The futures markets have two important functions. The first one is to hedge and reduce the potential risk for investors and practitioners. The other is the mechanism of price discovery. These two functions are based on the theory that the futures prices can reflect the expectation of investors which is one of the important determinants of price mechanism. Theoretically, the futures prices are equal to the spot prices in the future. However, it is always not consistent with the reality because of the transaction cost and market noise. Thus, it is worth having an examination of correlations between spot and futures markets. Especially, for crude oil markets, the relationship between spot and futures market has been investigated extensively. For example, Quan , Schwarz and Szakmary , and Gulen  detected the correlations between oil spot and futures markets using the methods of cointegration proposed by Engle and Granger  and Johansen . However, the above cointegration methods do not consider the shock on the correlations caused by the structural break and do not imply that the cointegrating vectors have the property of time invariance. Similar studies can also be found in Serletis and Banack , Cologni and Manera , and Chen and Lin . As argued in Bekiros and Diks , the recent empirical evidence on the relationship between spot and futures markets is invariably based on the Granger test . Although it requires the linearity assumption, this approach is appealing. In fact, the nonlinear structure has been a “stylized fact” in financial markets. For this consideration, Bekiros and Diks  investigated the linear and nonlinear causal linkages between daily spot and futures prices for maturities of one, two, three and four months of WTI crude oil. Besides the conventional Granger test, Bekiros and Diks  detected the nonlinear causal relationship not only between raw data series using a nonparametric test for nonlinear causality, but also between VECM and GARCH-BEKK residual series. Their results showed that WTI crude oil spot and futures markets displayed asymmetric GARCH effects and/or statistically significant higher order conditional moments. Huang et al.  investigated the dynamics of a nonlinear relationship between crude oil spot and futures prices and found that the nonlinear model was clearly superior to that of the linear model. Different from previous works, in this paper, we investigate the relationships between crude oil spot and futures markets in the perspective of cross-correlation and exceedance correlation. As the presence of auto-correlations in crude oil markets which has been extensively investigated in the existing literature , , , , ,  and  implies the predictability and market inefficiency, the cross-correlations also have some implications and have been studied in some of the previous works , , , , , , , , , , , ,  and . First, it implies that the predictability of spot (futures) prices can be improved based on the analysis of the history data of futures (spot) prices. Second, it also implies the market inefficiency because under the efficient market hypothesis, the dynamics of prices are dominated by randomness and cannot be predicted technically. Motivated by the fact that many physical and financial systems display power-law correlations together with an asymmetry in the probability distribution 1, we investigate the exceedance correlations between crude oil spot and futures returns, asymmetry property between upside moves and downside moves in financial markets ,  and . Obviously, the presence of asymmetric correlations can cause problems in hedging effectiveness. Then, if all of the other assets tend to fall together as one kind of asset falls, the traditional investment theory which suggests the diversification in optimal portfolio allocation is also questionable. As far as we know, there are very few investigations on the exceedance correlations or cross-correlations between crude oil spot and futures prices. The only exception is the work of Wang et al. . Their results indicates that the spot and futures prices and volatilities are long-range cross-correlated. However, Wang et al.  study cross-correlations between crude oil spot price series and 1 month futures price series only, not between spot price and futures prices with other maturities. Moreover, Wang et al.  only analyze the cross-correlations between two whole series. Their overall analysis cannot show the evolutions of correlations over time. Third, Wang et al.  do not analyze the asymmetry property of correlations between upside moves and downside moves. Comparing to the work in Wang et al. , our contributions are as follows: (1) We investigate the exceedance correlations between WTI crude oil spot and four futures price series and test for the asymmetries using the method proposed by Hong et al. . (2) Qualitatively, we investigate the cross-correlations using the statistic introduced by Podobnik et al. . Quantitatively, we also study the cross-correlations using the detrended cross-correlation analysis proposed by Podobnik and Stanley . (3) Employing the rolling sample test, we study the evolution of local asymmetric correlations and cross-correlations, and find the apparent influence of some exogenous events on the two kinds of correlations. Some economic implications of our results are also discussed. This paper is organized as follows: the next section provides the methodology description. We show the data description and preliminary analysis in Section 3. We get the empirical results in Section 4 and some relevant discussions in Section 5. Then, we conclude the article in the last section.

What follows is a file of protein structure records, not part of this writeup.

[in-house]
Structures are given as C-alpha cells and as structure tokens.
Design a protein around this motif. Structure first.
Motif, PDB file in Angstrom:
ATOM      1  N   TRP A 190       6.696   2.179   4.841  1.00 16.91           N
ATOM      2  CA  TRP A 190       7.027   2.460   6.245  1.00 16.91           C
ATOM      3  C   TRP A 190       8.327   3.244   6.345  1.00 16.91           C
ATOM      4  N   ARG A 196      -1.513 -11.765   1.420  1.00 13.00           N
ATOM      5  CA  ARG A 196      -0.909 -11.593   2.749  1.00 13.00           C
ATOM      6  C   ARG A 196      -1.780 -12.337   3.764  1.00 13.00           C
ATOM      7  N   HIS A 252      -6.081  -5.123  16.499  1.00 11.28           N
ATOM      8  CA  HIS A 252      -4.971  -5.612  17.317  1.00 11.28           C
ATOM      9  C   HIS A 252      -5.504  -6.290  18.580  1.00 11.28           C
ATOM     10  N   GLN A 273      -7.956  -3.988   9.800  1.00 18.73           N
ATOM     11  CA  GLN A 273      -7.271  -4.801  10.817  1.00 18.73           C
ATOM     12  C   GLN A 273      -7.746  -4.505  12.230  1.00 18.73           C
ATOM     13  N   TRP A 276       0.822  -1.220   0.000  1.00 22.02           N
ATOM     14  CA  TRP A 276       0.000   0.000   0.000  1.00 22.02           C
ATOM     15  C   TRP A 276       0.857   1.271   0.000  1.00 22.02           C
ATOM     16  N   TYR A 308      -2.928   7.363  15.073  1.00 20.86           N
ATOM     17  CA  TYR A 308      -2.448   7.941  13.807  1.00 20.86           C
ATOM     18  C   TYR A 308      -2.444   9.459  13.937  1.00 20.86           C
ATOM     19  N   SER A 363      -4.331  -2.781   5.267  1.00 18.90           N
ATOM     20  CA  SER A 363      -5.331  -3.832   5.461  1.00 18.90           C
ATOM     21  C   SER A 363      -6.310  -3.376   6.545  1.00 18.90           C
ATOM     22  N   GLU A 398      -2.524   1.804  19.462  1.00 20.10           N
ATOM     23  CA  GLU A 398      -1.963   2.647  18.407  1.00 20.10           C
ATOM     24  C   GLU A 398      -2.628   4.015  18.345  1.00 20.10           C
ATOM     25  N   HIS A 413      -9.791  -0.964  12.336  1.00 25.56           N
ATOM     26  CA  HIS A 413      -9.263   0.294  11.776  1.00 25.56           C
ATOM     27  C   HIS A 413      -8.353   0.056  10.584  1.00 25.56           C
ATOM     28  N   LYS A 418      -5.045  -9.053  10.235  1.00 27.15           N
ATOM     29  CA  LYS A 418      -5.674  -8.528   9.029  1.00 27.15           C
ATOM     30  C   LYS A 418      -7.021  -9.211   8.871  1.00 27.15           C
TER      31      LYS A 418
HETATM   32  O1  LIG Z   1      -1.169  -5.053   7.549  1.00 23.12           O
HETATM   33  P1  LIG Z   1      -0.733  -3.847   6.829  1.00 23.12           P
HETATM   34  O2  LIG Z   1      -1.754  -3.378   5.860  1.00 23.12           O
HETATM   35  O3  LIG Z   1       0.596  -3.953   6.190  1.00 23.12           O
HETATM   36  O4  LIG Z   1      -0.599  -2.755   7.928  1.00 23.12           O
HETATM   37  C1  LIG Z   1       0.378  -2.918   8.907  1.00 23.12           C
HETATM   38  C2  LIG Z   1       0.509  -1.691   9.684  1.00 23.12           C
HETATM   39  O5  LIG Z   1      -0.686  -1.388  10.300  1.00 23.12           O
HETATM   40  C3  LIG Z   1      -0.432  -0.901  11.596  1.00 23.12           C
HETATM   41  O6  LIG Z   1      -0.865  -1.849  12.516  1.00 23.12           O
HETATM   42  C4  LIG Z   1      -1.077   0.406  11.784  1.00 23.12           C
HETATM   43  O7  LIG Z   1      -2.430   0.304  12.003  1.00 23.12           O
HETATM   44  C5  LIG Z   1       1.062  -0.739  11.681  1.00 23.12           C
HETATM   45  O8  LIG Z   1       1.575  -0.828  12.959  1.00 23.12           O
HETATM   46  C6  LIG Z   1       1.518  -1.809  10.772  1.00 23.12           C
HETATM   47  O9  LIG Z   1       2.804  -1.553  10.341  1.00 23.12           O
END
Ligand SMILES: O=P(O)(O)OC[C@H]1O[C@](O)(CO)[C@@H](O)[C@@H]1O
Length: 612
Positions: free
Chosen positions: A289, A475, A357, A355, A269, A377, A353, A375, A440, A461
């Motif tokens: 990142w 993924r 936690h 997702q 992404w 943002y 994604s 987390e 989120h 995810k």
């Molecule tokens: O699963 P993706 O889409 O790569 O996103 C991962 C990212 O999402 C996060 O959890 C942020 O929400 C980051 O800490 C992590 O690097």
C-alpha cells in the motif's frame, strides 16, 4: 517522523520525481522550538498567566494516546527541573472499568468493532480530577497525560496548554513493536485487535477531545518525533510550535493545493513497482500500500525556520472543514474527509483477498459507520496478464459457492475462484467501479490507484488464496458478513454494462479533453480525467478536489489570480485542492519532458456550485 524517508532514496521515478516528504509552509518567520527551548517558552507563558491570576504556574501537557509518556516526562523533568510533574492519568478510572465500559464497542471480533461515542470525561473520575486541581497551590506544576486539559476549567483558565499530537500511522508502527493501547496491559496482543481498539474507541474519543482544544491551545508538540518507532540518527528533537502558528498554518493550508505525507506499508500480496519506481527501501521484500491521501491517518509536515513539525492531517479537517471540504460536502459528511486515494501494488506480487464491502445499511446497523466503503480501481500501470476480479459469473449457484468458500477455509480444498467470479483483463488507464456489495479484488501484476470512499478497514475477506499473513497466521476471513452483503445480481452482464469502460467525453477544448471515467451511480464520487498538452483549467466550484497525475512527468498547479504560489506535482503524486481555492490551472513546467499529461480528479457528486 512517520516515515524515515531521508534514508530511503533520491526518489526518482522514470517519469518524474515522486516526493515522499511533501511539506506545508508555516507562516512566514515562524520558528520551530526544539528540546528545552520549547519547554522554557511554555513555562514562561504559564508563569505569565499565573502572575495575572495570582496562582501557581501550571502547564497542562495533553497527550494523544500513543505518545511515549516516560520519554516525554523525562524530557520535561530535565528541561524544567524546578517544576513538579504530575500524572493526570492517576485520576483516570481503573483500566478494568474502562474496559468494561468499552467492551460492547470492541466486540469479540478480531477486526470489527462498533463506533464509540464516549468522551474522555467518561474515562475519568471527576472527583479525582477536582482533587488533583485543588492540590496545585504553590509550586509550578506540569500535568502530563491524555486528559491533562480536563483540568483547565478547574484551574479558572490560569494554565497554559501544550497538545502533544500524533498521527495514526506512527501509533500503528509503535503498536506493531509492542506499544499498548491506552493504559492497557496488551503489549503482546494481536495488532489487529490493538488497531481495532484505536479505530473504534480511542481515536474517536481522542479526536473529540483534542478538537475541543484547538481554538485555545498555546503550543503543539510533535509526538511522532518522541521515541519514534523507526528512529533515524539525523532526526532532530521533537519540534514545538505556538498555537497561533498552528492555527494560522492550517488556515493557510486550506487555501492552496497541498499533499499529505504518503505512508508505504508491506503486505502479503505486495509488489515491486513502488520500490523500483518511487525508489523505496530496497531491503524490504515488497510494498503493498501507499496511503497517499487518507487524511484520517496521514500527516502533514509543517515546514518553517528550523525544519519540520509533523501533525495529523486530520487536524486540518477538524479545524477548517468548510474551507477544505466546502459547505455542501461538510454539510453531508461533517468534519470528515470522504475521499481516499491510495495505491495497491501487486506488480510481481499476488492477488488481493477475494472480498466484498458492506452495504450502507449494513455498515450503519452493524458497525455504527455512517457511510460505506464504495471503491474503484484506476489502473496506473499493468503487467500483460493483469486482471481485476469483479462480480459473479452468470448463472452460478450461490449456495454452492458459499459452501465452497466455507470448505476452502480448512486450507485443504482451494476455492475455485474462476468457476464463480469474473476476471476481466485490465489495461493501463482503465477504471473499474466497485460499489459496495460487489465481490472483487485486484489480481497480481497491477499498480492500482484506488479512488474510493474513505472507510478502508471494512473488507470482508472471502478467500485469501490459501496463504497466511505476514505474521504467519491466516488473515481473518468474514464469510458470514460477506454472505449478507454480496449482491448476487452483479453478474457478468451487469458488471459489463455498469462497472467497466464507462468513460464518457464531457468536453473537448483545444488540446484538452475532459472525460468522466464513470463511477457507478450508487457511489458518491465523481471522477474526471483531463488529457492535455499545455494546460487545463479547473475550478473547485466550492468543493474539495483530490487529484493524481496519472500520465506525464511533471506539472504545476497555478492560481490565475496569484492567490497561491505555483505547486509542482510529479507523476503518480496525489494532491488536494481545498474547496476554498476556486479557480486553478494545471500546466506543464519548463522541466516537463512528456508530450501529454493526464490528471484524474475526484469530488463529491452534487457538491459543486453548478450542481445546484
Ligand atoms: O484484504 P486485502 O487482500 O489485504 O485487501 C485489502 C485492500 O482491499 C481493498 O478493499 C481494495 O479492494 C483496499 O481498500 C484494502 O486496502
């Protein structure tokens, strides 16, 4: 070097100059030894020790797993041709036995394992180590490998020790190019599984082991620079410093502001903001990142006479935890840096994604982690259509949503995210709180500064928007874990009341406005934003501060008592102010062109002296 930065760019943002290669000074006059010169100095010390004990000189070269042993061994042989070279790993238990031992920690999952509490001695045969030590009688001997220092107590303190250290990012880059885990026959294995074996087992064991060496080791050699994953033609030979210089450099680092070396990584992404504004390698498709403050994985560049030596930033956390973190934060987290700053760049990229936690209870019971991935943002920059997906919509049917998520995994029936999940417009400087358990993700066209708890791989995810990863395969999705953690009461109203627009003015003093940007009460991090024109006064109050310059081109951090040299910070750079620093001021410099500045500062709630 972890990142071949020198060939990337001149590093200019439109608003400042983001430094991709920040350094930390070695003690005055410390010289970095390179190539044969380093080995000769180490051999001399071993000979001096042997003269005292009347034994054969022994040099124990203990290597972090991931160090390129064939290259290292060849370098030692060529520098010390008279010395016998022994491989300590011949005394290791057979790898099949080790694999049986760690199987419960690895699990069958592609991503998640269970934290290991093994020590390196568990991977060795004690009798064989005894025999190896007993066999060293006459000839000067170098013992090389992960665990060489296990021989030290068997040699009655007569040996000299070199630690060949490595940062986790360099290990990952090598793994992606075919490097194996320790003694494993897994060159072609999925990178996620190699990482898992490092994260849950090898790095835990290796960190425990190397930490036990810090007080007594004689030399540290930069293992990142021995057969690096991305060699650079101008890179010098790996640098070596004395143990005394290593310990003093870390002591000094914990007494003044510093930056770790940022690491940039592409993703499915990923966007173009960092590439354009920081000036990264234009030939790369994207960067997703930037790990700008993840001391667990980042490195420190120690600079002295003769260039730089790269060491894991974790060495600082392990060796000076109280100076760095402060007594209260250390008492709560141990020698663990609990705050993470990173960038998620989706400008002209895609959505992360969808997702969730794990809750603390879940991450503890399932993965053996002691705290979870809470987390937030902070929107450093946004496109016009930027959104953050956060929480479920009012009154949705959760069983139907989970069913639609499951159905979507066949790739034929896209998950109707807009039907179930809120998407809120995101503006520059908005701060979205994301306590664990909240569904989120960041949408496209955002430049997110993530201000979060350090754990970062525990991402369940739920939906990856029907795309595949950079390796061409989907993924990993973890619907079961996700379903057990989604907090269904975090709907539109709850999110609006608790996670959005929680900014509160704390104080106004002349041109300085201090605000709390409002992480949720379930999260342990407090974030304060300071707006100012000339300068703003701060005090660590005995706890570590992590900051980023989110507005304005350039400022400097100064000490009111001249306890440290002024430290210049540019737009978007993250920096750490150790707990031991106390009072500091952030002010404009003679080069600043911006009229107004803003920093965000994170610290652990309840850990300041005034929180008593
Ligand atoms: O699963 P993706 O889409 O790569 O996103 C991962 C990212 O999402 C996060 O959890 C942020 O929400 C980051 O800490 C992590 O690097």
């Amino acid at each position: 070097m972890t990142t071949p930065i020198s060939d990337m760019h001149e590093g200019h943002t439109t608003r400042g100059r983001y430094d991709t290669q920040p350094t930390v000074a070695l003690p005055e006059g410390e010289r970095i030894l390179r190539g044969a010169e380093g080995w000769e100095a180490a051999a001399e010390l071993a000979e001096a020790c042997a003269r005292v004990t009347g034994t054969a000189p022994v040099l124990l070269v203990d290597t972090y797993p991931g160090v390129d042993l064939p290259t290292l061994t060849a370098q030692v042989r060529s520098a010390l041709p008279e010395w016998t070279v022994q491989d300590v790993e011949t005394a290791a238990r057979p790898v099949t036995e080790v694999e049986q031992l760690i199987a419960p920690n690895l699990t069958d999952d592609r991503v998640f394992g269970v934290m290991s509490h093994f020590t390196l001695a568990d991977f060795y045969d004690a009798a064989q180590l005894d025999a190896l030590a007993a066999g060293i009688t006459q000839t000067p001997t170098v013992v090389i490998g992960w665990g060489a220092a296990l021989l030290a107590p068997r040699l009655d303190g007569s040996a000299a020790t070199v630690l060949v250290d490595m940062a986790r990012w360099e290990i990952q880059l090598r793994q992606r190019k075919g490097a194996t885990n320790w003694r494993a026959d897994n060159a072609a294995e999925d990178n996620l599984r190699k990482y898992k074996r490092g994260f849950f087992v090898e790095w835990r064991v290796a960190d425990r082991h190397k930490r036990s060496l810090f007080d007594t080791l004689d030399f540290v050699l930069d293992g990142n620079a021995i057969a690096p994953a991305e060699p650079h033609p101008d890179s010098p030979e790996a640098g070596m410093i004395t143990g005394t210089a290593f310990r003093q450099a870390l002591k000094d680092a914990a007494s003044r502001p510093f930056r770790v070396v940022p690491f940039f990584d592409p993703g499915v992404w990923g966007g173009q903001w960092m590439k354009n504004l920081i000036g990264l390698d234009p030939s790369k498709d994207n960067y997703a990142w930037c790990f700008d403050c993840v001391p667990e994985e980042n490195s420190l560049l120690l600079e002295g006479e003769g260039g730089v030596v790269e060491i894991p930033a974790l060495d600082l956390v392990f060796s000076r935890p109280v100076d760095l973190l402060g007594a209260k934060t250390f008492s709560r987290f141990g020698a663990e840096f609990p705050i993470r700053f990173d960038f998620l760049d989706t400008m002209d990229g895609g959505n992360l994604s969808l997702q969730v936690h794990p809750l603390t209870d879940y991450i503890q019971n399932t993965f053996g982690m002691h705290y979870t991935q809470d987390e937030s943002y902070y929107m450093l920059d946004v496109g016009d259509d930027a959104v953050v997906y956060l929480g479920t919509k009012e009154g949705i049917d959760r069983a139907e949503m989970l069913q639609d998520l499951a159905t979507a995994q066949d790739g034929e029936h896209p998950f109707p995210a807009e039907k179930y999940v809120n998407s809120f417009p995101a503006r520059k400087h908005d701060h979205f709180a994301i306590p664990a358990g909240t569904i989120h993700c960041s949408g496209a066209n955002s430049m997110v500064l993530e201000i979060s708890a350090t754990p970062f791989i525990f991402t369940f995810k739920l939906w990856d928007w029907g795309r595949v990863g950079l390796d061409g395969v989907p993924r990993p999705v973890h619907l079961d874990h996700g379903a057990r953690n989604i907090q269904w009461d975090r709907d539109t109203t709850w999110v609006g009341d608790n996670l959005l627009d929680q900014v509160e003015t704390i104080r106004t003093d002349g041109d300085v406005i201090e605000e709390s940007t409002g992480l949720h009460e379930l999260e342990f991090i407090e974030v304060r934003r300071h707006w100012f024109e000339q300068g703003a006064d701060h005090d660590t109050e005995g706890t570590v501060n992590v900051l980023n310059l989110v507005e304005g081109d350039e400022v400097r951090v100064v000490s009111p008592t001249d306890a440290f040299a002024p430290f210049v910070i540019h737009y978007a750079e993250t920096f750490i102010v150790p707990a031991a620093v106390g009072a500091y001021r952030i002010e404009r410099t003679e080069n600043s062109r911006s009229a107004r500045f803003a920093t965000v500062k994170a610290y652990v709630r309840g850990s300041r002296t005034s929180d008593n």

نتیجه گیری انگلیسی
In this paper, we first study the asymmetric property of exceedance correlations between return series of WTI spot and four futures contract prices. We find that spot and futures returns are power-law distributed. Moreover, our finding shows that the sample downside correlations were greater than the upside ones. Employing the non-modeling test proposed by Hong et al. , our results cannot reject the null hypothesis of symmetric correlations indicating that the exceedance correlations between return series of spot and futures prices were symmetric. The degrees of symmetries were lower for the correlations between spot and futures contract with larger maturity. Employing a rolling sample test, we can find that some exogenous events such as the Gulf War and financial crisis could make apparent effects on the asymmetries of the exceedance correlations. Then, we also test the cross-correlations between return series of spot and four futures contracts. Qualitatively, using a statistical test in analogy to the Ljung–Box test, we find that the cross-correlations were significant at the 5% level, even for the lagged order larger than 102.5 indicating that the spot and futures returns were significantly long-range cross-correlated. Quantitatively, employing DCCA method, we find that the cross-correlations were all weakly persistent and were stronger for those between the spot and the futures contract with larger maturity. The results from rolling sample test suggest that the cross-correlations could be affected by some occasional events. The recent crosscorrelations were weaker than those at the beginning of 1990s. We also have some discussions relevant to our results of the exceedance correlations and cross-correlations.